[INFOGRAPHIC] 5 Questions and Answers on Maritime Chartering

  • 31/03/2020
  • 17 minutes

Maritime chartering is a topic that can raise doubts even among professionals already used to certain foreign trade routines. After all, what are the main doubts of the contracting parties? Are there details that could be better explained? Are there frequent misunderstandings related to this issue?

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In order to answer and resolve these and other recurring questions, we interviewed Daniel Boechat and Henrique Mello from Boechat & Santos — a Brazilian company specialized in international trade. Follow the content to the end to take advantage of the information.

1. When is the right time to hire maritime chartering?

According to Henrique, “the right moment can vary and will initially depend on the results of negotiations between the seller and the buyer”. These negotiations and their terms will be defined through the Incoterms of the operation that will specify the demand for contracting the maritime service in question.

In short, Incoterms, or International Commercial Terms, are a set of regulations designed to make importing and exporting more transparent. The current version has in force since 2011 and was created by the International Chamber of Commerce (ICC).

It is worth remembering that they do not represent a contract itself — they only serve as guides to determine which of the parties involved in a negotiation will be responsible for contracting specific services, such as shipping agents, dispatchers and the like. It should be noted that there may be numerous contracts in the production chain. That is why, in some cases, it is desirable that the intermediary agents know the Incoterms used as a reference.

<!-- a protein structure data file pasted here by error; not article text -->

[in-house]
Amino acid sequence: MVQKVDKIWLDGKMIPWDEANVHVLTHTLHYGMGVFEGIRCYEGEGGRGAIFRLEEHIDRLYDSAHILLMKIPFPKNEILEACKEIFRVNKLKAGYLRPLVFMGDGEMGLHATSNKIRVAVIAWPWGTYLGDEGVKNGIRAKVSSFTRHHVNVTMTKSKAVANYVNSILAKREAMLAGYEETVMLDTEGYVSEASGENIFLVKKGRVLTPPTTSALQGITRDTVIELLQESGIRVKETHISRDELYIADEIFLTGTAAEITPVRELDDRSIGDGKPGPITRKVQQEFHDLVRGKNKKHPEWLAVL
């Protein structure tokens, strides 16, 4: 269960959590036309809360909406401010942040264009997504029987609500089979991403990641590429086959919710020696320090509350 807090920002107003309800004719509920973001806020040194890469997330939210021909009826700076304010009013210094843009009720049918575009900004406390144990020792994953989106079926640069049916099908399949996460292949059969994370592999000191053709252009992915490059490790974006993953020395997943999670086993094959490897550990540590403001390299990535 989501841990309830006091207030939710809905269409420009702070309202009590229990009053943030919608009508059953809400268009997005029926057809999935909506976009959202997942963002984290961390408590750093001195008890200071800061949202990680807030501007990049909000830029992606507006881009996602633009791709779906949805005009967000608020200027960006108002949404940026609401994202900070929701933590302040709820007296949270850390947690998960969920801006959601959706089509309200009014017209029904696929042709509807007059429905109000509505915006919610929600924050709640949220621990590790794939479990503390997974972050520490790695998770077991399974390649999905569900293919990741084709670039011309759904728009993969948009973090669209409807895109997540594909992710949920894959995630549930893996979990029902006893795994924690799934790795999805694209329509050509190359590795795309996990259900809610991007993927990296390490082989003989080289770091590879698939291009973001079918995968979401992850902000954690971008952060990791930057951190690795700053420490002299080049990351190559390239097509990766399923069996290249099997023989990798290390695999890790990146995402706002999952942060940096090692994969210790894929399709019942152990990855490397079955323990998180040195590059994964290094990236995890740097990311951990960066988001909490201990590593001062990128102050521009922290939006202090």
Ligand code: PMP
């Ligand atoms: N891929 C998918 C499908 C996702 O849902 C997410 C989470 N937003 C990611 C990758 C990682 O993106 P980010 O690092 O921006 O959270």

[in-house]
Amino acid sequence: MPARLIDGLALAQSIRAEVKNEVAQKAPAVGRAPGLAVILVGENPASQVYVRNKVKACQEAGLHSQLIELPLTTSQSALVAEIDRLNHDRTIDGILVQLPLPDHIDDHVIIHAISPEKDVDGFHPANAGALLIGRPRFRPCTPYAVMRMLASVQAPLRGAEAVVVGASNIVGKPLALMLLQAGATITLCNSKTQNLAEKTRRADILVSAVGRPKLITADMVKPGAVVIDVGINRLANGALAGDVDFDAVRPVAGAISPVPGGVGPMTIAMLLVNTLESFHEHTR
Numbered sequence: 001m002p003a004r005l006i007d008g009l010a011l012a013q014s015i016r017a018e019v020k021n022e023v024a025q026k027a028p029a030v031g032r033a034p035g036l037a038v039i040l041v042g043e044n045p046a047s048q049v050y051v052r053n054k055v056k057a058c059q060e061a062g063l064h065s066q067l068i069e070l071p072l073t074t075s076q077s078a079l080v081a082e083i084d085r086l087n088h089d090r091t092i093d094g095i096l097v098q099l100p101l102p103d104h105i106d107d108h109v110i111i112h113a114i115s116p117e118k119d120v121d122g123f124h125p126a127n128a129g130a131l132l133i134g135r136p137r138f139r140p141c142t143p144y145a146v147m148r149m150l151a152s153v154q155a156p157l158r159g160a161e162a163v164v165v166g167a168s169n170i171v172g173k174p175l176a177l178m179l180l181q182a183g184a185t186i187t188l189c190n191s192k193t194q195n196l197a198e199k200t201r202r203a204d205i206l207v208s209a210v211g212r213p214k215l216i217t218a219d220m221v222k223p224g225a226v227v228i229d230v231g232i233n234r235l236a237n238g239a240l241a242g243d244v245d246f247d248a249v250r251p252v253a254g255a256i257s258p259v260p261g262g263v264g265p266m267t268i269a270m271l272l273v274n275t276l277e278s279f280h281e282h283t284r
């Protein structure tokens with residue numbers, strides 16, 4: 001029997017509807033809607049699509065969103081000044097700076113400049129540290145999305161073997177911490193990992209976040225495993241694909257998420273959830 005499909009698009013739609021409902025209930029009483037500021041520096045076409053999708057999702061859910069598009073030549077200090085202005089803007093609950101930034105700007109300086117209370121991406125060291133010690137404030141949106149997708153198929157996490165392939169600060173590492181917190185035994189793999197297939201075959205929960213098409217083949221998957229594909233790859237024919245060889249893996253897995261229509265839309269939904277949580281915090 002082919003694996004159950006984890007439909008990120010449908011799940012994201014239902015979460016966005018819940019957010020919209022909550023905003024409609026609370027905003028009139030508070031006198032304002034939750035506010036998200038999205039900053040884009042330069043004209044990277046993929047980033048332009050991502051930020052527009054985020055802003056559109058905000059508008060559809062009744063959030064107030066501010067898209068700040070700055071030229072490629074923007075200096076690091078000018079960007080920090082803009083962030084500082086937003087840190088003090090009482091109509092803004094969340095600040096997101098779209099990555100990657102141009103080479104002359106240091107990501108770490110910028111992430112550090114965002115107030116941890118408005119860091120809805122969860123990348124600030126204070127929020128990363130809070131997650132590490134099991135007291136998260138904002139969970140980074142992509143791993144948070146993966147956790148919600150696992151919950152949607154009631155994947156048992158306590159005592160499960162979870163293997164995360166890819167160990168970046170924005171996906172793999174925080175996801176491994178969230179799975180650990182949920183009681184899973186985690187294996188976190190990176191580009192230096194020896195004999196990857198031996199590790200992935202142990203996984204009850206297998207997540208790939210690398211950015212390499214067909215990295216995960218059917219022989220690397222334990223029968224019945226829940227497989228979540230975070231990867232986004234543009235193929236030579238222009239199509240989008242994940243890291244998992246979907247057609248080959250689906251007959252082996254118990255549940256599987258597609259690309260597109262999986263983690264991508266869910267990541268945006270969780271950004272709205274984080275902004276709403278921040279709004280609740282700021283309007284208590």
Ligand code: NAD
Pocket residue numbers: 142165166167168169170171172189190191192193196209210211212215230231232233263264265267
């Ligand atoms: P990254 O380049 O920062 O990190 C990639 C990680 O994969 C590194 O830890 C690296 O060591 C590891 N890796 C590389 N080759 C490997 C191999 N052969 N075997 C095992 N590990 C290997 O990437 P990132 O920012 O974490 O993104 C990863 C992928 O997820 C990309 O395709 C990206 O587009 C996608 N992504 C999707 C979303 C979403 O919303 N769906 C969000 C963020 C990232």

Most Used Terms in Maritime Chartering

2. What are the main doubts of the contracting parties in relation to maritime chartering?

“Fundamentally”, explains Daniel, “the main doubts are associated with the lack of knowledge about the complexity surrounding the offer of maritime transport services”. In other words, contracting parties do not always know which alternatives are best suited to their needs.

The training of agents, importers, exporters and consultants, according to the experts, is still not enough for them to be fully qualified to understand how the planning for contracting such services works. As they are fundamental actors for the process as a whole, this factor does not contribute to enlighten the contracting parties in relation to several aspects.

In this sense, it is opportune to explain essential differences between some of these figures in order to solve recurring questions. Shipping agent and freight forwarder, for example, are often mixed up, although they play very different roles.

The shipping agent deals with ship owners and operators. It is up to him to monitor the trip closely and find out how the situation is on board — he is an agent and not a legal representative. In practice, agents have much less autonomy when compared to representatives. Also, if an agent goes beyond the established functions, he can be punished.

The freight forwarder, in turn, takes care of the cargo itself, rather than the ship, facilitating negotiations at different levels. That is because he can negotiate on behalf of customers, getting better rates and conditions.

The charterer is the professional who understands the necessary steps to hire a ship. Among his responsibilities are:

  • define the type of contract;
  • act in the negotiation;
  • recognize opportunities;
  • follow the international market.

3. What are the biggest doubts regarding this market?

“The complexity of ship chartering and the context of chartering in general end up causing countless doubts. For this reason, everything that is involved in contracting and resolving related conflicts as well as the rights and obligations of the parties can cause various embroilments”, Henrique points out.